The Mannerist mode is worth holding on to partly because of just such intelligent relations with the past, but also because it manifests, in extreme form, a crucial creative formula: the desire to master materiality in order to transcend it. It is remarkable that Paley has been able to infuse forged iron—that most elemental and recalcitrant of mediums—with such sophistication. He has breathed new life into an old idea: when attempting to do justice to the possibilities of art and craft, too much is never enough.
As you work, the form leaps and changes, it moves, maybe subdivides. It follows the same steps as organic growth. It enables you to deal intimately with the physicality and malleability of material and process…I wasn’t trying to design the movement and motion. They were generated.
Albert Paley is an American jewelry designer and sculptor whose work defies strict categorization as either art or craft, instead embracing the finer aspects of both disciplines.
Paley was born in Philadelphia in 1944 to lower middle class parents. Despite showing a natural inclination towards the arts, Paley held misgivings about pursuing a career as an artist. He believed the only way to earn a steady income in the arts was to find work in advertising—a proposition he found distasteful.
It was Paley’s girlfriend, a student at the Tyler School of Art, who convinced him otherwise. A single Saturday spent touring the campus and Paley was sold; he enrolled at the Tyler School of Arts with hardly enough money for a single semester’s tuition. Paley began taking classes in jewelry making and sculpture during his sophomore year and soon found himself enthralled with both crafts. Paley graduated from the Tyler School of Arts in 1969 with a Master in Fine Arts.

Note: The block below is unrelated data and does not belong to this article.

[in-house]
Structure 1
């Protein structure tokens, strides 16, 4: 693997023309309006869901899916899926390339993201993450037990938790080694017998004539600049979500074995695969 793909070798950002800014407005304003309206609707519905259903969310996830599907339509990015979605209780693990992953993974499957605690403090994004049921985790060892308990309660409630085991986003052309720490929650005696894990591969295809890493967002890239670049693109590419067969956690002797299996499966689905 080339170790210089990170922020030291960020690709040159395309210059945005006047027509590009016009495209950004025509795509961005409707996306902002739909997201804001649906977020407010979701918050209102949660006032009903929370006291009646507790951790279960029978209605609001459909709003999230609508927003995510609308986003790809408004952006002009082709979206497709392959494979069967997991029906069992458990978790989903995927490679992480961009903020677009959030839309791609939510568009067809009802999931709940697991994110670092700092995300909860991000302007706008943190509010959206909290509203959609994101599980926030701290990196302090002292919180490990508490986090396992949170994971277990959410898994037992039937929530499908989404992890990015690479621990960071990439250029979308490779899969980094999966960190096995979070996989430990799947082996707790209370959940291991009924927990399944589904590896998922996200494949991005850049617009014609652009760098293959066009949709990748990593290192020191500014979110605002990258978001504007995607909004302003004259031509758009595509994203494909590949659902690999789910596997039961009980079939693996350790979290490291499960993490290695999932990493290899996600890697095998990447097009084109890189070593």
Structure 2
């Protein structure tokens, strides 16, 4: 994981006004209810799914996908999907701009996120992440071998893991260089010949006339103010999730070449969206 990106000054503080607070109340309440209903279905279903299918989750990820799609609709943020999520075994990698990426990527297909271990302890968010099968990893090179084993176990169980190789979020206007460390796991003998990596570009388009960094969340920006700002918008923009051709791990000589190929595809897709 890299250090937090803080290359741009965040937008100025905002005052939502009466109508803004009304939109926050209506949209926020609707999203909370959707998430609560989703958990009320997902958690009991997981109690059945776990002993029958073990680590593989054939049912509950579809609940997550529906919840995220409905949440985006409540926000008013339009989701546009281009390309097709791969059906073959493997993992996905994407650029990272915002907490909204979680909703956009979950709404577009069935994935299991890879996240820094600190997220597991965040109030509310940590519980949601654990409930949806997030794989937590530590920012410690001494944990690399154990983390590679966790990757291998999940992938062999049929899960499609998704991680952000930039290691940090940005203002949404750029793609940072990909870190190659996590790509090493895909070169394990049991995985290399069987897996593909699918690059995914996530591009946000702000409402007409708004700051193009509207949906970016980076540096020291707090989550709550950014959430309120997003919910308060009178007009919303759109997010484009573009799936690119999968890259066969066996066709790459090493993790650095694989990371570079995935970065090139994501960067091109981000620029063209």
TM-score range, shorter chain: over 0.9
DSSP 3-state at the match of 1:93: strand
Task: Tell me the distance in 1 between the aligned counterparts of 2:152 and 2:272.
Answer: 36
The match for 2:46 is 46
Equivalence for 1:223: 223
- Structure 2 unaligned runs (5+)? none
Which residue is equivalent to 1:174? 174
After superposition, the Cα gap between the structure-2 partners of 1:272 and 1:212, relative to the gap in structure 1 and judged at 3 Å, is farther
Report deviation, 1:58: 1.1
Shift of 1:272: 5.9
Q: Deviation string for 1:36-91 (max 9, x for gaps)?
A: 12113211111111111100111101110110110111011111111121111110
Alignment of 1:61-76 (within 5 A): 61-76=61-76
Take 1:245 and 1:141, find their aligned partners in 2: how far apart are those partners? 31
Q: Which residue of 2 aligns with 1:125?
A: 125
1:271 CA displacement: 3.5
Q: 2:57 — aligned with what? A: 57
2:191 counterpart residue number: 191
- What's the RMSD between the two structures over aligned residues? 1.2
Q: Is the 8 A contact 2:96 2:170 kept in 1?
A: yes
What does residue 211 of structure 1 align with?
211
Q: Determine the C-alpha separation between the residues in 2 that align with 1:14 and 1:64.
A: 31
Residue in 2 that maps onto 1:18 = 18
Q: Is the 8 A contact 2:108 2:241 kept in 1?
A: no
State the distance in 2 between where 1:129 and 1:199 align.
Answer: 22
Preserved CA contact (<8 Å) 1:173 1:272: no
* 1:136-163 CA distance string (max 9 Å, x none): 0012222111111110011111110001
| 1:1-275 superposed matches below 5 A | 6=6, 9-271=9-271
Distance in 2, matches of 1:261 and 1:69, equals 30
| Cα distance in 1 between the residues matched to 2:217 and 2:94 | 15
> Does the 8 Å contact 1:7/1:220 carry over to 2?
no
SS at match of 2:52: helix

Paley began his professional career as a jeweler creating works of wearable art that merged the sinuous and organic lines of European Art Nouveau with the visual weight of metalwork. Later in 1969, Paley accepted a position teaching goldsmithing at the Rochester Institute of Technology, but continued to pursue his sculptural aspirations on the side. In 1972, Paley was commissioned to produce the Portal Gates at the Smithsonian Institute’s Renwick Gallery in Washington, D.C. Completed in 1973, and installed in 1976, the monumental steel, bronze and copper doors earned Paley national recognition as a metalsmith of truly unique vision.
Albert Paley’s sculptures don’t simply occupy space; they command it. Paley possesses a rare ability to transform iron from a lifeless and unyielding metal into a moving, almost liquid, element. Despite the seemingly spontaneous and organic nature of his work, Paley is a consummate draftsman, envisioning the majority of his creations on paper before stepping to the forge.
Crossing the boundaries between art and craft, Paley has established himself as one of the greatest metal artists in the country. Throughout his career, he has completed several important private and public site-specific commissions including the Clay Center Sculpture at the Clay Center for the Arts and Sciences in West Virginia and the Animals Always installation at the St. Louis Zoo. Further, his works have been widely published and can be found in multiple major museum collections around the world.
Auction Results Albert Paley